Brash or heartbroken, macho-cool or terror-stricken, the complex face of modern masculinity stares out at us from TV screens and newspaper pages in these fractured days of war. One minute it's a pensive U.S. medic cradling a wounded Iraqi girl in a gender-reversed Pieta. Next it's a line of smiling Marines, stripped to their T-shirts and camouflage trousers, handsome and buff as Abercrombie & Fitch models, shouting frat-boy bonhomie to a passing convoy of comrades. And now it's Army Staff Sgt. Chad Touchett, sprawled in a dainty chair in one of Saddam Hussein's rubble-strewn palaces, puffing a cigar. Take that, Mr. Mother of All Battles, the photo seems to say, and your sissy French-style furniture, too!
If these images conjure up a portrait of the fighting man that's far more complicated and contradictory than those flashy, MTV-style Marine recruiting ads, well, Leo Braudy is here to help. For "x-thousand years," the USC professor says, war has been "the crucible of masculinity."
It was Dr. Samuel Johnson, the 18th century man of letters and London bon vivant, who may have best expressed the immutable link between warfare and manliness. "Every man thinks meanly of himself for not having been a soldier or not having been at sea," he said. But as Braudy documents in his forthcoming book, "From Chivalry to Terrorism: War and the Changing Nature of Masculinity," to be published this fall by Alfred A. Knopf, the difference in definitions of manhood between the time of Homer or the crusaders and today is nearly as great as the difference between a tomahawk and a Tomahawk missile.
Sifting through sources from history, literature and art, Braudy traces the metamorphosis of the warrior ideal across a millennium, roughly from the Norman conquest of England in 1066 to the collapse of the twin towers in 2001. What he finds is that testosterone and animal instinct alone aren't enough to explain why generations of men have measured their self-worth by their actions on the battlefield. Instead, he argues, centuries of social, cultural and technological change have shaped, and been reshaped by, warfare, and this in turn has altered our definitions and perceptions of manhood.
"I don't deny biology," Braudy says. "What I'm trying to do is ... give masculinity a history rather than just to see it as a biological essence."
In times of war, Braudy says, masculinity is often defined as much by what it is not -- or at least by what it supposedly shouldn't be -- as by what it is. In wartime, men aren't supposed to be soft or sensitive, introspective or self-doubting. With rare exceptions, such as the Spartan armies of ancient Greece, they're also supposed to be rigorously heterosexual, though what goes on in bunkhouses and below decks often bears little relation to what gets preached in training manuals.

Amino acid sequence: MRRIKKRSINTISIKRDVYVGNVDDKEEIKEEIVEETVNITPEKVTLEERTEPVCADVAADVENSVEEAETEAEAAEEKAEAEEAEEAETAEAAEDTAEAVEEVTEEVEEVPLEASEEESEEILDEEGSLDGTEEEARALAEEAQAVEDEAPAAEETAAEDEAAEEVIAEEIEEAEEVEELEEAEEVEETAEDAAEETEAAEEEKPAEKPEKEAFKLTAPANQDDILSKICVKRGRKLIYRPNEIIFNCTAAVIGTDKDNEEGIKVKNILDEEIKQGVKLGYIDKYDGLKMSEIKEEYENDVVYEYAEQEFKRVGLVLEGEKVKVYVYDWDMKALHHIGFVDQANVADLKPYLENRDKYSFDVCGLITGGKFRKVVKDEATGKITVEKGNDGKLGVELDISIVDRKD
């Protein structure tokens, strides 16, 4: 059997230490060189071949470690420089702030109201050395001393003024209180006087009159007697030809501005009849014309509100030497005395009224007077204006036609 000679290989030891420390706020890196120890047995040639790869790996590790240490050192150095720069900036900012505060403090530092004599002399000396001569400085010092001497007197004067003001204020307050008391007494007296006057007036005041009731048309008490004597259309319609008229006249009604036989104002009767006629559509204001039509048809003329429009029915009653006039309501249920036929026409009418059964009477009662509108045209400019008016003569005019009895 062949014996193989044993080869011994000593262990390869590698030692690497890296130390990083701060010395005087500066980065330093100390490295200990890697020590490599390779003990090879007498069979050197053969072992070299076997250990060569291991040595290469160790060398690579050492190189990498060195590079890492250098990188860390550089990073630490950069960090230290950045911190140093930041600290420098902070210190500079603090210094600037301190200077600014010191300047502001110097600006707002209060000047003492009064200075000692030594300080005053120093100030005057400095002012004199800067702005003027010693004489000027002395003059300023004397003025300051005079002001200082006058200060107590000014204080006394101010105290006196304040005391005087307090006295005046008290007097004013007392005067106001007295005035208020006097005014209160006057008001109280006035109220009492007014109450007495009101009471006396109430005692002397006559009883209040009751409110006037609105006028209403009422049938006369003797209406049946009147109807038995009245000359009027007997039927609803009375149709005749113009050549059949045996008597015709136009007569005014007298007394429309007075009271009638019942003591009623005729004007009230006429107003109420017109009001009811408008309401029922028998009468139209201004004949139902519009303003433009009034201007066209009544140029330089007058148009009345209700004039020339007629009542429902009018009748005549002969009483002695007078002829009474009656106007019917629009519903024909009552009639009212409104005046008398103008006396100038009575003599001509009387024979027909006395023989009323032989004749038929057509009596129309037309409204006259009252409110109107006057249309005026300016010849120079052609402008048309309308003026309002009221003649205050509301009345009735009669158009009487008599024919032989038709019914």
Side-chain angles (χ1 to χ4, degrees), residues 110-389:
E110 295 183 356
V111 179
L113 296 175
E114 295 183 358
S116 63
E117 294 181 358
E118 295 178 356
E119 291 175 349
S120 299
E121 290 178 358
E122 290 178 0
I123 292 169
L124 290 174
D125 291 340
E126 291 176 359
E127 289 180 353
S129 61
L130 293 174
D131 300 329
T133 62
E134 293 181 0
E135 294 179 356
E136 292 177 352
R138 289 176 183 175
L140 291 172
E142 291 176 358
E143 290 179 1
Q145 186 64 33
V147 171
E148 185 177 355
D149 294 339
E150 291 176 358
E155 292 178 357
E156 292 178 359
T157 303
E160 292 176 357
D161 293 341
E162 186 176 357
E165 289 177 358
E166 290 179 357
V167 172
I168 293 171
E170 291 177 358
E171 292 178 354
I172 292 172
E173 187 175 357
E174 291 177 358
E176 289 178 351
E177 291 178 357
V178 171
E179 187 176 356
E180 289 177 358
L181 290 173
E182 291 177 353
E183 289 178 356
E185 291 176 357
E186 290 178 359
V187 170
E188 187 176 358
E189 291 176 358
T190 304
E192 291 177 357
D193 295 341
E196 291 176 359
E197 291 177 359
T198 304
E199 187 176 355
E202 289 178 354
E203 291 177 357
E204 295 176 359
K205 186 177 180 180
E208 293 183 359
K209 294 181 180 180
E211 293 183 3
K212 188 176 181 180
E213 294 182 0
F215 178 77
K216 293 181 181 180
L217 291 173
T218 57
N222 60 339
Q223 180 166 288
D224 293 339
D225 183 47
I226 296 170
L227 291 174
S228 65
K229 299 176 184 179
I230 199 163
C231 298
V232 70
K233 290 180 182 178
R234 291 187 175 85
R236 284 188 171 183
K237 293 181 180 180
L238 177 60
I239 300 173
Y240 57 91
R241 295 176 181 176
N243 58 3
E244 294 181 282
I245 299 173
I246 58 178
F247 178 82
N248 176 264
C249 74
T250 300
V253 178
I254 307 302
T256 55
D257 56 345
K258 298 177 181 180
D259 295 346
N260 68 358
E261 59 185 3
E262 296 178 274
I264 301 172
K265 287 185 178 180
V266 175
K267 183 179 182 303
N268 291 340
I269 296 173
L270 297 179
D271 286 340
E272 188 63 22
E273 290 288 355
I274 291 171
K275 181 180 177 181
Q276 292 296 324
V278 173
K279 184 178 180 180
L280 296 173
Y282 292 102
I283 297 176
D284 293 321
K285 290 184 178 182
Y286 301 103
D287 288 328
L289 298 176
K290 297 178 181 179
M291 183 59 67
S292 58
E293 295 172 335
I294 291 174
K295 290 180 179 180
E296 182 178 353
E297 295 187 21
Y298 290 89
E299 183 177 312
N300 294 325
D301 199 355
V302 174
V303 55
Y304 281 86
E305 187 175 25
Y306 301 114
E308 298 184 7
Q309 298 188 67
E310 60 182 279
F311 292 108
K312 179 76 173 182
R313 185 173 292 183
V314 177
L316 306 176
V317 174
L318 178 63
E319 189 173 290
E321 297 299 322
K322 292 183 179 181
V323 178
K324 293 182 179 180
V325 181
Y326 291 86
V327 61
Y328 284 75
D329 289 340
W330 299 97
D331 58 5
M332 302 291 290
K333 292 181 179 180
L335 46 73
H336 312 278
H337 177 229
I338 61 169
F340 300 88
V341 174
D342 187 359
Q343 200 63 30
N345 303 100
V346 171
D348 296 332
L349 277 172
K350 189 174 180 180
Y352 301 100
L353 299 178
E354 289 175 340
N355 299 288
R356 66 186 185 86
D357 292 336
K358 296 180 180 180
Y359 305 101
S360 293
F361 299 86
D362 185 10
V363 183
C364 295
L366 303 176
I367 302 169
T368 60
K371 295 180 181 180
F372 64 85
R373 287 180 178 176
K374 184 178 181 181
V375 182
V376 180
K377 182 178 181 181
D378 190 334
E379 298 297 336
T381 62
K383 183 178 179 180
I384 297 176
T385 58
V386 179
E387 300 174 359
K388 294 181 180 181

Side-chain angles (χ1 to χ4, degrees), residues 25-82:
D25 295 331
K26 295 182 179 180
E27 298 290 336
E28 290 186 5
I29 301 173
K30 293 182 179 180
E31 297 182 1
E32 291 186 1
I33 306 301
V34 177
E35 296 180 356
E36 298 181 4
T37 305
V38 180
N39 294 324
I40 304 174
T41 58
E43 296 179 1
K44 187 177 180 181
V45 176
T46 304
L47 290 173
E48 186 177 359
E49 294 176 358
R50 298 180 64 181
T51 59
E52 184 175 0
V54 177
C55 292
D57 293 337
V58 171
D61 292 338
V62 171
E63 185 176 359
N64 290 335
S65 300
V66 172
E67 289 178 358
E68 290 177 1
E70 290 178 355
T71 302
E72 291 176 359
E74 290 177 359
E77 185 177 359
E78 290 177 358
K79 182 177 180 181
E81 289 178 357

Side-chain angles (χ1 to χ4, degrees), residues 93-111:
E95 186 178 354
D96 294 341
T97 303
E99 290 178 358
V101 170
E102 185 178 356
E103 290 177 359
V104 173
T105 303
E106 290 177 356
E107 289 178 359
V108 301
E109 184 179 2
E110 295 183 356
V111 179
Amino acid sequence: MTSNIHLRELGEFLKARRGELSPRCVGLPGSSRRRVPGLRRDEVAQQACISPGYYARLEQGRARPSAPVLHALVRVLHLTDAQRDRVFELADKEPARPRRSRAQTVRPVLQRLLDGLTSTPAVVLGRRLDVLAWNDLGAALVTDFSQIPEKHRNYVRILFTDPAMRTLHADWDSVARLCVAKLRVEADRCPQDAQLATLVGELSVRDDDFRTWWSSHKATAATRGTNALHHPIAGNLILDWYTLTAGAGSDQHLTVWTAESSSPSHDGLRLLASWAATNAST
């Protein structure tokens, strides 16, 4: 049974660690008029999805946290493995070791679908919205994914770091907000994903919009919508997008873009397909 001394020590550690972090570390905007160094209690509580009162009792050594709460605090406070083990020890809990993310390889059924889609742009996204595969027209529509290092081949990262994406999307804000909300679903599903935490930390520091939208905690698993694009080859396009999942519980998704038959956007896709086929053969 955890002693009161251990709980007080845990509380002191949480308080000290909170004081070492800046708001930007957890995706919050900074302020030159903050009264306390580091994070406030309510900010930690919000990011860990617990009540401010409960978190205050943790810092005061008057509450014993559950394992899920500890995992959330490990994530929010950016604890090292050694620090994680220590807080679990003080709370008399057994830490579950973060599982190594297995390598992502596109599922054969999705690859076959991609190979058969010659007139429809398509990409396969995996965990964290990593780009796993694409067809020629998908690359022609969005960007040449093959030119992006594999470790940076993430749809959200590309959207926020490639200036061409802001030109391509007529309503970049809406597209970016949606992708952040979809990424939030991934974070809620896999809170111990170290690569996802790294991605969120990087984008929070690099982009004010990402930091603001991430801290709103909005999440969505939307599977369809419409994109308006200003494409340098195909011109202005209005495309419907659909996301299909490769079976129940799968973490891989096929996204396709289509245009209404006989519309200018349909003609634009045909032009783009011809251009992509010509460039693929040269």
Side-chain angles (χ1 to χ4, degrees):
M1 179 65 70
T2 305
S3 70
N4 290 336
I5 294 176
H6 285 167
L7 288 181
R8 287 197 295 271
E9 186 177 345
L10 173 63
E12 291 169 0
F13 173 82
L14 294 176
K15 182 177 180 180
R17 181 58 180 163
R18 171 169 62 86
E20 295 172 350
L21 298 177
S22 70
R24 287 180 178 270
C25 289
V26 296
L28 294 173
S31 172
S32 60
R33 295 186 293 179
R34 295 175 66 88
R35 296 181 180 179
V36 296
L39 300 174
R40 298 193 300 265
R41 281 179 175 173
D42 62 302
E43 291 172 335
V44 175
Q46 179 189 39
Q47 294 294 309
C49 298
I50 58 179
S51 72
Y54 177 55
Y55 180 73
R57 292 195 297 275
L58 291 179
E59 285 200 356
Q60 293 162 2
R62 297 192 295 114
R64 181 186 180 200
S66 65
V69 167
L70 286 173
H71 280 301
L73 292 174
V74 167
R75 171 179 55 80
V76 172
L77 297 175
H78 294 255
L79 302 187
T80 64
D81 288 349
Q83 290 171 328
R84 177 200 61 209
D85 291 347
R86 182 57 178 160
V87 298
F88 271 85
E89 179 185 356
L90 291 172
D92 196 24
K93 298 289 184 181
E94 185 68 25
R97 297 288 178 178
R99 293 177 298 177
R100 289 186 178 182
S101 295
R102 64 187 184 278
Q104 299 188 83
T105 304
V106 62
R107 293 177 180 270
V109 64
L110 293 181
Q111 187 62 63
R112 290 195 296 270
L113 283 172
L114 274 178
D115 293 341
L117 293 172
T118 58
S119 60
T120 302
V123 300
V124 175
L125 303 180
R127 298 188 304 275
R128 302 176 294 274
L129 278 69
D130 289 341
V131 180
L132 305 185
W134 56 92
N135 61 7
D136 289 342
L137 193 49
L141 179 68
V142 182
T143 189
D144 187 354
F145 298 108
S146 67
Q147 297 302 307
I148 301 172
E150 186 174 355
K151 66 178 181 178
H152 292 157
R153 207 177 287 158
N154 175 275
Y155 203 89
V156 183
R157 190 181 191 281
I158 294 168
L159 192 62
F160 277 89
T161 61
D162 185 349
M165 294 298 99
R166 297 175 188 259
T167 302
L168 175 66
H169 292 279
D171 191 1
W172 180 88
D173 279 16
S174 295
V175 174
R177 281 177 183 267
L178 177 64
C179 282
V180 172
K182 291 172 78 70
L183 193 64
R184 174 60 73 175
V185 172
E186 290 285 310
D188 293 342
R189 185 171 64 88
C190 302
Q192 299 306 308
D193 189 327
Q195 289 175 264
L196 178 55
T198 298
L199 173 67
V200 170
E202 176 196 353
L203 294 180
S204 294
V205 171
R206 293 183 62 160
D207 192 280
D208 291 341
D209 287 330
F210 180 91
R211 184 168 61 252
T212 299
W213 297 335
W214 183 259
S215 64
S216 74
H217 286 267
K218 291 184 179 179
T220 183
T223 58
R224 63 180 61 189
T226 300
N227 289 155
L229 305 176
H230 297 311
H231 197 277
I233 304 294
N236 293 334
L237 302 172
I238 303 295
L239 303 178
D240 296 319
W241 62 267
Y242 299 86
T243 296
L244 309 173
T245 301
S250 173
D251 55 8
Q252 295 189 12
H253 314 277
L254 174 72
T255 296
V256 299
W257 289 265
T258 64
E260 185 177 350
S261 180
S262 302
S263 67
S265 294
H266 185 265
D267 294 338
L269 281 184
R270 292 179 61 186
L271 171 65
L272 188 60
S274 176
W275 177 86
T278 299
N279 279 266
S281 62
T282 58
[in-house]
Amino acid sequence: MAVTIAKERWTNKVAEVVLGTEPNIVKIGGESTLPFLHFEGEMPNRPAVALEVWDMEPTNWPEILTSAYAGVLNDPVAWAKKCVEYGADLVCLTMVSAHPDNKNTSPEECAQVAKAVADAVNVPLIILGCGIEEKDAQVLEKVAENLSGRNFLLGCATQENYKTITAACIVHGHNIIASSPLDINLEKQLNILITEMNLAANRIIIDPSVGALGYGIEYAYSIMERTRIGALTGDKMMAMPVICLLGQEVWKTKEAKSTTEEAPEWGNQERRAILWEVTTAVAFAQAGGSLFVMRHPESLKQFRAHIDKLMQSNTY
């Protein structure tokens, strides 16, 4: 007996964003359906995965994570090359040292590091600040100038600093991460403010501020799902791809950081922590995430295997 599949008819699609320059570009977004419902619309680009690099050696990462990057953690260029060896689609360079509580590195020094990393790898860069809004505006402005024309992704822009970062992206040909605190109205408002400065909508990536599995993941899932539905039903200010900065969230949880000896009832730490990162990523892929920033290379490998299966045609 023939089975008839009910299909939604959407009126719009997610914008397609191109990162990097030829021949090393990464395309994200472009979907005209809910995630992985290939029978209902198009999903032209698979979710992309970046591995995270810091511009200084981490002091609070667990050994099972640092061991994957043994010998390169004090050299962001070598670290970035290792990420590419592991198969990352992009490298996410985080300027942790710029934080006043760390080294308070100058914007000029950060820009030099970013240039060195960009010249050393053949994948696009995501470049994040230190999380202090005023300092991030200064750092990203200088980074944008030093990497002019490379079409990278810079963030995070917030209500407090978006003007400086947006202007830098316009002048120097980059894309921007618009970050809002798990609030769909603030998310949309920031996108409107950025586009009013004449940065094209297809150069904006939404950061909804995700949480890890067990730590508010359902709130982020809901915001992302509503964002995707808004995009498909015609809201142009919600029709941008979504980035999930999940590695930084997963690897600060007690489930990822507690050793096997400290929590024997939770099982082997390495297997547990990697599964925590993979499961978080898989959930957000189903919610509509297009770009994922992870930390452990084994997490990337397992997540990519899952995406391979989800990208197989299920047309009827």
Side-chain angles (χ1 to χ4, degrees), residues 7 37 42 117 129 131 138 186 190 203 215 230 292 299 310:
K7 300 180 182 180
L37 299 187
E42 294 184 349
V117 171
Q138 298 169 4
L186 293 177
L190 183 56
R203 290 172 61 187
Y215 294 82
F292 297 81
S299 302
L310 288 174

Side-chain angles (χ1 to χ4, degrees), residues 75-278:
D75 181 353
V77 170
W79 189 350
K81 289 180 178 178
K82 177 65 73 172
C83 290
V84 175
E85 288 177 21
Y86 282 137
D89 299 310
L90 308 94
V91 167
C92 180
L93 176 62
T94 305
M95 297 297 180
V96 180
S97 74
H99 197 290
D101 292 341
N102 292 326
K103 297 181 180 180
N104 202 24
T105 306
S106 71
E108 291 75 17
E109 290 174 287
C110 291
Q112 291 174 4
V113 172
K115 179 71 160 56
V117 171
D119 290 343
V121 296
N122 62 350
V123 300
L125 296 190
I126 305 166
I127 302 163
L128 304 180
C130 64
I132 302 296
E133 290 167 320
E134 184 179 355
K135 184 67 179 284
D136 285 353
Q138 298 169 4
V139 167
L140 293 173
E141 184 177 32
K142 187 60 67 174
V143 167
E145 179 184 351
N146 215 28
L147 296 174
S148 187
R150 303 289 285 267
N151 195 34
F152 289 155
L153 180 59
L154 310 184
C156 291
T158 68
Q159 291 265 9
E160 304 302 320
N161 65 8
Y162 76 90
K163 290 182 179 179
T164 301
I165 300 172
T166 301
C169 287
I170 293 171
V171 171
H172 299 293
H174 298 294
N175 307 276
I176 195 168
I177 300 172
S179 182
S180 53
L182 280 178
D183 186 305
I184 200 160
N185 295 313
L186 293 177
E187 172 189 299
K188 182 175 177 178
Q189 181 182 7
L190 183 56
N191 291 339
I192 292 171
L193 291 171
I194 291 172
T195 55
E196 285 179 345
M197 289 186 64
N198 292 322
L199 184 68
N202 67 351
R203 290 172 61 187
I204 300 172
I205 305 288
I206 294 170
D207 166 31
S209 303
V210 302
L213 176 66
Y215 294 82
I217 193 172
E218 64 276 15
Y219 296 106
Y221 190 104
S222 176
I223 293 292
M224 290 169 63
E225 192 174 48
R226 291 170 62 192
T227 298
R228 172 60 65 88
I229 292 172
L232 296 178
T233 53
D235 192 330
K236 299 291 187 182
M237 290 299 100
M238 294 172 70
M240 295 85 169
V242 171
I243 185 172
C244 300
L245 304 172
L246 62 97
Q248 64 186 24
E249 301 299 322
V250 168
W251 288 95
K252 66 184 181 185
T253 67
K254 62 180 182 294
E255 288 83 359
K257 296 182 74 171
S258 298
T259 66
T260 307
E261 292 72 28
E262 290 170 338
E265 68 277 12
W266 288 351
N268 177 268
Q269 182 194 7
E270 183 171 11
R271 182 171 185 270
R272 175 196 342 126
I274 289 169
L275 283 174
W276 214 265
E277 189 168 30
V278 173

At the same time, war tends to polarize relations between the sexes by creating an imperative for men to behave more "like men" and women to act more "like women." It is then common, Braudy says, to discredit one's enemy by pinning to him all those qualities -- "softness," "weakness," "effeminacy," "cowardice" -- that are considered polar opposites of the qualities that make up the masculine warrior ideal.
"The thing about war is, because it's an 'us versus them' situation, it frequently gathers into its sphere, its atmosphere, other polarities," Braudy says. "So 'If we're men, then they must not be.' ... In order to minimize [the enemy], you call them women or you call them vermin or whatever your repertoire [is] of things that aren't you, that you don't want to be."
The ultimate trophy
Variants of those ancient taunts have been heard on many sides of America's 1 1/2-year-old war on terrorism. Saddam Hussein and his aides, before disappearing into Baghdad's smoldering ruins, repeatedly insinuated that America's leaders were cowards and that its troops lacked the necessary red blood cells to wage a tough urban war. Similarly, in the wake of the Sept. 11 attacks, some U.S. journalists remarked on Osama bin Laden's "effeminate" appearance.
If traditional warrior cultures conceive of women as a threat to proper masculine identity, female sexuality also has represented the ultimate trophy for the male warrior. Braudy's book reproduces two wartime images that proffer female sexuality as a prize, yet from utterly different perspectives. In a World War I recruiting poster, a porcelain-skinned beauty coos "I Want You for the Navy." In the other, a Vietnam-era anti-draft poster, a miniskirted Joan Baez and her two sisters, looking very counterculture chic, sit on a sofa below the slogan "Girls Say Yes to Boys Who Say No." This come-on, Braudy says, is "sort of the opposite of a Dear John letter."